Tag Archives: successful after sixty

Dr. Tom Hill, Successful After Sixty

The following is a re-post of a blog I wrote at the end of February.  If you didn’t see it then, you can enjoy it now.  Dr. Tom Hill definitely embodies someone who is successful after sixty.

At a recent event someone mentioned the name of a man whose book I had read last fall.   Dr. Tom Hill, along with personal friends of mine– John and Elizabeth Gardner, wrote Living at the Summit.  It’s an intriguing book and worth the read.  It’s written like a suspense novel with personal development concepts thrown in.

When I bought the book in the fall, I didn’t know anything about Dr. Tom Hill.  Since then I have learned that he is quite accomplished as a business coach and is a real linchpin today to many entrepreneurs.  The piece I find intriguing about him is that he’s had numerous careers and is in his mid 70’s.

To me this is exciting and gives me more reason to move forward with Sixty Something Now.  There are lots of people who are extremely productive after the age of sixty and that is the purpose and mission of this website and blog.  If we know there are others out there doing great work and making a difference, perhaps that will motivate us to continue with our idea.

You can visit his website by clicking:  Dr. Tom Hill

Who do you know over the age of sixty who is a linchpin?

Eleanor Roosevelt…Certainly Successful After Sixty

Following are quotes of Eleanor Roosevelt (1884-1962), which were sent to me by a friend.  There’s an interesting website that contains quotes from numerous people whose names you would recognize.  Click here to link to that site.

As an aside, I feel a special connection to Eleanor Roosevelt.  My first given name is actually Eleanor.   However, my grandfather had blamed FDR for a demise in his business years before, due to some programs the president had created in the country.  Because my parents were living with my maternal grandparents when I was born,  he forbid my mother to call me that name in his house.  She insisted on keeping the name but I’ve never been called that!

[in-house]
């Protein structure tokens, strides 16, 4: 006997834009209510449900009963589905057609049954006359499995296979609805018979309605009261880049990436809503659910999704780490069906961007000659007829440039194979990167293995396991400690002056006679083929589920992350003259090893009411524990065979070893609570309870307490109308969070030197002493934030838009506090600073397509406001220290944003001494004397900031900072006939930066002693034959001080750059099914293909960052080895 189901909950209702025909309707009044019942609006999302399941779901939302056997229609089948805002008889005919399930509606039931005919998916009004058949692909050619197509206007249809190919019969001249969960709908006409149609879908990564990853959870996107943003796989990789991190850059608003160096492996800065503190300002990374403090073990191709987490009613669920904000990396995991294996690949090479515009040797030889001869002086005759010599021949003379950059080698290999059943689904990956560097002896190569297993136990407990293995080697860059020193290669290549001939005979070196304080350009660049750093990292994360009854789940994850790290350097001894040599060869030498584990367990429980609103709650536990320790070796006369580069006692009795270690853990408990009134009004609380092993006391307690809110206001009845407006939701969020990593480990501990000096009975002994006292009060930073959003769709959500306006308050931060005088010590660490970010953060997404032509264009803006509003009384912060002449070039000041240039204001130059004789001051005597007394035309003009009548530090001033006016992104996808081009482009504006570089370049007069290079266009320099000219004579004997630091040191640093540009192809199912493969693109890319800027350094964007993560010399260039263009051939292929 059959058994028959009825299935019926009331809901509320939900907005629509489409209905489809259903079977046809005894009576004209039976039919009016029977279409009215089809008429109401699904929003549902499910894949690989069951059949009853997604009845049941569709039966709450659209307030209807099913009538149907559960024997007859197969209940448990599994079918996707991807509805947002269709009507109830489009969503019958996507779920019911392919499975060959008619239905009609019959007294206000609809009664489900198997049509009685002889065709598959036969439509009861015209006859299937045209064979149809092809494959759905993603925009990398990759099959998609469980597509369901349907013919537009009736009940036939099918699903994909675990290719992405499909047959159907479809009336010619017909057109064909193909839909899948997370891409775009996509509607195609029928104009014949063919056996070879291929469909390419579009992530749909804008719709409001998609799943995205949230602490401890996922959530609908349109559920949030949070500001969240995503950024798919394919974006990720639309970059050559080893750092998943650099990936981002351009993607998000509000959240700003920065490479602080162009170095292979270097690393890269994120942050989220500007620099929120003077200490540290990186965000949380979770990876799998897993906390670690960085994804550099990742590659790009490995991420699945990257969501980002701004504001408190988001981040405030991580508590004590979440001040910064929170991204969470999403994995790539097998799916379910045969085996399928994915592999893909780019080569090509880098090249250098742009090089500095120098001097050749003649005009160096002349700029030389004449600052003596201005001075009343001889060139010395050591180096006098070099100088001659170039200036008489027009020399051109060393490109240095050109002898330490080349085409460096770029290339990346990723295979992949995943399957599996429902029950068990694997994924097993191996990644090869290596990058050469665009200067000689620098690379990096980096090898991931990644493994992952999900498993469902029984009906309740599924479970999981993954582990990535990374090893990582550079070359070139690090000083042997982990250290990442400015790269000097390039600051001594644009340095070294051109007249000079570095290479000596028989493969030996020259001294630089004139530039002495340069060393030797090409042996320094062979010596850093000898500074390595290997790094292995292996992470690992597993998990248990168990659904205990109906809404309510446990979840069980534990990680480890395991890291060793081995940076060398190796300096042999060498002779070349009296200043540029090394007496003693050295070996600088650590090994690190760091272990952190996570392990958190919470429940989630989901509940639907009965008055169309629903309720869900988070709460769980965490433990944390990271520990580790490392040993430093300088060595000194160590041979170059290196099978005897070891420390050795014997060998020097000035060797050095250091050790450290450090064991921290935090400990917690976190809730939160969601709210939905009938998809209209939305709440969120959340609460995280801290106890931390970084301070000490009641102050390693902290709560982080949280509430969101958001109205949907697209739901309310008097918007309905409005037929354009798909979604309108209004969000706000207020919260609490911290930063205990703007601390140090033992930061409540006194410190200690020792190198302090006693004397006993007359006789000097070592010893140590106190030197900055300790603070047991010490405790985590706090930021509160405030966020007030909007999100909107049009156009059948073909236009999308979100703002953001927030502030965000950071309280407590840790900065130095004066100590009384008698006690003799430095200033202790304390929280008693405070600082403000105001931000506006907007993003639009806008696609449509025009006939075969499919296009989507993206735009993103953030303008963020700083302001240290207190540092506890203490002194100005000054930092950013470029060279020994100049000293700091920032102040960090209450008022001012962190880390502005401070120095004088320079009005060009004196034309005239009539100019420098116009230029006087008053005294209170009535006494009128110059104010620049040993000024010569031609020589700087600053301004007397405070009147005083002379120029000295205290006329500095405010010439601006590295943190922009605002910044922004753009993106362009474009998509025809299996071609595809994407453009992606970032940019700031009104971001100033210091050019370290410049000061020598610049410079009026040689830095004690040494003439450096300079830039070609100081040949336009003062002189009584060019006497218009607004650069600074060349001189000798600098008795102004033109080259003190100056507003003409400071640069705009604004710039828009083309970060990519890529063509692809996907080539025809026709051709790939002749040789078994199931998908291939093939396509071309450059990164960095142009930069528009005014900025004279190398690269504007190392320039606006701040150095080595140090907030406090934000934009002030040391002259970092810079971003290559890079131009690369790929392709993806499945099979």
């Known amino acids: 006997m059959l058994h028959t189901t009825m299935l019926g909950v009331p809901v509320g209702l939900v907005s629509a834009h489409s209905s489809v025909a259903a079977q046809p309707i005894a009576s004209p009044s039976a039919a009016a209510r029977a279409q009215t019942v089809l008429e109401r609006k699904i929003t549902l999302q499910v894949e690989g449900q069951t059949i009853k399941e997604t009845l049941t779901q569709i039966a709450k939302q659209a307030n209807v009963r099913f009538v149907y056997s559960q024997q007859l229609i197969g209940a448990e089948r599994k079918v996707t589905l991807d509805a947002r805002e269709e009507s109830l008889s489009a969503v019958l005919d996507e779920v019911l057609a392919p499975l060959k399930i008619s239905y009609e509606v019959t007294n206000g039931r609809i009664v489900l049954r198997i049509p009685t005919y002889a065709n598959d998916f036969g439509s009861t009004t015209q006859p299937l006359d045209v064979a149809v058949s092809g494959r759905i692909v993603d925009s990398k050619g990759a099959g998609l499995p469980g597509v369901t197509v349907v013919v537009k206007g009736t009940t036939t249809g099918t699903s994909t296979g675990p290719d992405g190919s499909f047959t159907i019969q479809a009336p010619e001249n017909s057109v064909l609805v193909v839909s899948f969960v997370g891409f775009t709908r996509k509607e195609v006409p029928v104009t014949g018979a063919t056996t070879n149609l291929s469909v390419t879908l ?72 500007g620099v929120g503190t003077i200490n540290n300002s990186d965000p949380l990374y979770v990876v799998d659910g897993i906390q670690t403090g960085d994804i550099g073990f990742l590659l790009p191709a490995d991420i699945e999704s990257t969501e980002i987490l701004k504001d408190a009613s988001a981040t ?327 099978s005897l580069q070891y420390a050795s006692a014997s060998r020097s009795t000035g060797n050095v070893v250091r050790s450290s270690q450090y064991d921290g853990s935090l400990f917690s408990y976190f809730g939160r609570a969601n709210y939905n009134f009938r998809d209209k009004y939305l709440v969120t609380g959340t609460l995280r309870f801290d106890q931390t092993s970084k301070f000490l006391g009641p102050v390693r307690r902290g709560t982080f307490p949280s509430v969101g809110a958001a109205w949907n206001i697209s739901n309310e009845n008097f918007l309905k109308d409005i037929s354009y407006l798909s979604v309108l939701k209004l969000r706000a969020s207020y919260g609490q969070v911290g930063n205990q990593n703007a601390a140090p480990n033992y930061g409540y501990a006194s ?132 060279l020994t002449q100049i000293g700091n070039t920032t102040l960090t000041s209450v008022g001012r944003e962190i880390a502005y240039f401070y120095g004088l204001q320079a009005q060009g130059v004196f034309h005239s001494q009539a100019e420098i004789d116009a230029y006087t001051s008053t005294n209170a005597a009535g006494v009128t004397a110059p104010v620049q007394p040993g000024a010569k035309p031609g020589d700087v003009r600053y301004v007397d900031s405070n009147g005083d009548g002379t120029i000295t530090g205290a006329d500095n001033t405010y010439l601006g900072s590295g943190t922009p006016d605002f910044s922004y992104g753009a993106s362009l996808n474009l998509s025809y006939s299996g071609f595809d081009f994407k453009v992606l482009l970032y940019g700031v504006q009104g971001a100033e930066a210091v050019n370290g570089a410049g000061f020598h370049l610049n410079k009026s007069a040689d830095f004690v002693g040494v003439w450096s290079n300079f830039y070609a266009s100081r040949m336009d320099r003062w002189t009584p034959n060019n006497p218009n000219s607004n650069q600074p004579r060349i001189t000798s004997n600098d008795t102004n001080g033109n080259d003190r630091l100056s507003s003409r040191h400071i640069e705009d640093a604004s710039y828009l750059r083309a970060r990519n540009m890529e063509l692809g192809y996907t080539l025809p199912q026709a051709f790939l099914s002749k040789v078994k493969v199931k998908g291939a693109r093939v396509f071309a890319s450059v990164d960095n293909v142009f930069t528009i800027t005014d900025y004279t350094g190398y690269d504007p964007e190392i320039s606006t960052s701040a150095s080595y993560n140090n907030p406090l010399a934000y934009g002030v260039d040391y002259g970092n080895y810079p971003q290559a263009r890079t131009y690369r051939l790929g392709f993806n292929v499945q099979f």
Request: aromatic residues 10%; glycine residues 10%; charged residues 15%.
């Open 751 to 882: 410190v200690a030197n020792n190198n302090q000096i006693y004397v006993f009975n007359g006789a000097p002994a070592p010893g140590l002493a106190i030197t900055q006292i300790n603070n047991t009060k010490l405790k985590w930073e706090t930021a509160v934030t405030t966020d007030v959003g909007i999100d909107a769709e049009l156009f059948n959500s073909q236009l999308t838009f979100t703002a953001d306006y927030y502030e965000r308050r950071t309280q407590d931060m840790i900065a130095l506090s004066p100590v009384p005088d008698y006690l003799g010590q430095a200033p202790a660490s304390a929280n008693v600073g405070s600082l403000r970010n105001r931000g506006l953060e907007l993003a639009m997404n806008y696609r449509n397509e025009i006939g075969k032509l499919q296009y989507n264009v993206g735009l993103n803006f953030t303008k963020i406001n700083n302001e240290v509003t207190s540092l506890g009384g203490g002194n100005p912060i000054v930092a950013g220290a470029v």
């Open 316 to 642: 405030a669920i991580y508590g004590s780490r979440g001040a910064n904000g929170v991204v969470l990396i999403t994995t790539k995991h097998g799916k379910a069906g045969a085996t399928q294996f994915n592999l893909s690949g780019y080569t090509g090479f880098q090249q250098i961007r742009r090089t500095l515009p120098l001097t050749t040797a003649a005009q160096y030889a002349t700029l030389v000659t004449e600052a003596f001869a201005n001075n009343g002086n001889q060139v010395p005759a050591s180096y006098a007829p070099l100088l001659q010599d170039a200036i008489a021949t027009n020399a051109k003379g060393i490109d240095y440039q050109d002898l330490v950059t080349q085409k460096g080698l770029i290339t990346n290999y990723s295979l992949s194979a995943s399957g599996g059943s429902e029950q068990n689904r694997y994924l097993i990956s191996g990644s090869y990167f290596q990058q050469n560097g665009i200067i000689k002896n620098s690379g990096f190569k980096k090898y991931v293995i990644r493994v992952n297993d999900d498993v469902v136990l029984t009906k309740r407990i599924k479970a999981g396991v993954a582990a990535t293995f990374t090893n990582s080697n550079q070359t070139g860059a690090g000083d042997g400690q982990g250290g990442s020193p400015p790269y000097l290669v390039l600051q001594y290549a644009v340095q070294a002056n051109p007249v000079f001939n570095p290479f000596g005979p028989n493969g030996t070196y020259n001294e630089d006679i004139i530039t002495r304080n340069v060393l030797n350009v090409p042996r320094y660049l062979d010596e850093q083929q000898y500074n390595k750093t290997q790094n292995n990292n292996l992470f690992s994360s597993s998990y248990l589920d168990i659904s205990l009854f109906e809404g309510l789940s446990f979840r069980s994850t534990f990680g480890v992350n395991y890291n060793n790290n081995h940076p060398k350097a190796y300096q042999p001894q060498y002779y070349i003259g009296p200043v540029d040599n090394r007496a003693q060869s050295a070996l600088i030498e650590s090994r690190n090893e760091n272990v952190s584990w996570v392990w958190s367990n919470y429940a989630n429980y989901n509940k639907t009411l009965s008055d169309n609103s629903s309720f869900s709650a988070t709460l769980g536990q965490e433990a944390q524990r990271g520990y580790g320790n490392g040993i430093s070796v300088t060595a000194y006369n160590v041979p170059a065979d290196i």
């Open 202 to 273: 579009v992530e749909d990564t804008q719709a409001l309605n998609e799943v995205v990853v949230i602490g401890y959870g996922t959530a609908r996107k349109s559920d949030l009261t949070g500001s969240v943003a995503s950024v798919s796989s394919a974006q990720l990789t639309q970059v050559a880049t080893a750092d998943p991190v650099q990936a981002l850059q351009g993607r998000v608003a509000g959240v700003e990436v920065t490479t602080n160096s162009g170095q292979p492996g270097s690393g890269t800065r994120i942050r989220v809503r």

Now the quotes:

Do what you feel in your heart to be right – for you’ll be criticized anyway. You’ll be damned if you do, and damned if you don’t.

Great minds discuss ideas; Average minds discuss events; Small minds discuss people.

I could not at any age be content to take my place in a corner by the fireside and simply look on.

It is not fair to ask of others what you are unwilling to do yourself.

Learn from the mistakes of others. You can’t live long enough to make them all yourself.

The purpose of life is to live it, to taste experience to the utmost, to reach out eagerly and without fear for newer and richer experience.

Beautiful young people are accidents of nature, but beautiful old people are works of art.

A woman is like a tea bag- you never know how strong she is until she gets in hot water.

Successful After Sixty

Tuesday is success day.   I recently heard someone talking about Thomas Edison’s success and decided to learn more about him.  After reading the biography of him by Gerry Beals,  I have realized what a success he was through most of his life, even extending on into his 80’s.

Thomas Edison had 1,093 patents in his name by the time he died in 1931 at the age of 84.  The last one he got when he was 83 years old.

He had an interesting life from an early age.  He was born in Ohio and the family moved to Port Huron, MI when Tom was 7 years old.  It was there that he had his only formal education which lasted twelve weeks.  Partly because of his hearing problem and partly because his learning style was different, his mother decided to teach him at home.  It is thought that he probably had some learning disabilities and today would have been categorized as ADHD with drugs administered to subdue him.

Mention was made of his extra large head and wide forehead.  There is no question that he thought about things in a very different way and had a unique learning style.  Between the ages of 12-14, he had read numerous classics and other significant books.

Thomas Edison was extremely industrious as a young boy and was creating quite a good income very early on.  One life lesson he learned after his first invention, the Electronic Vote Recorder, which was denigrated by the politicians, is that you need to create and invent things that people want.  Hmmm…Marketing 101.

One of the things mentioned in this biography is that Edison ‘seemed driven by a superhuman desire to fulfill the promise of research and invent things to serve mankind‘.  Only in the late 1920’s did he slow down a little, due to some health challenges.

What an inspiring person.  Personally, I’ve never spent much time studying him before, but after reading about all of his inventions, I realize we have him to thank for so much more than just the light bulb.  This information came from his website.  Wow, having a website in your name after you’ve been gone almost eighty years, now that’s a well-deserved tribute!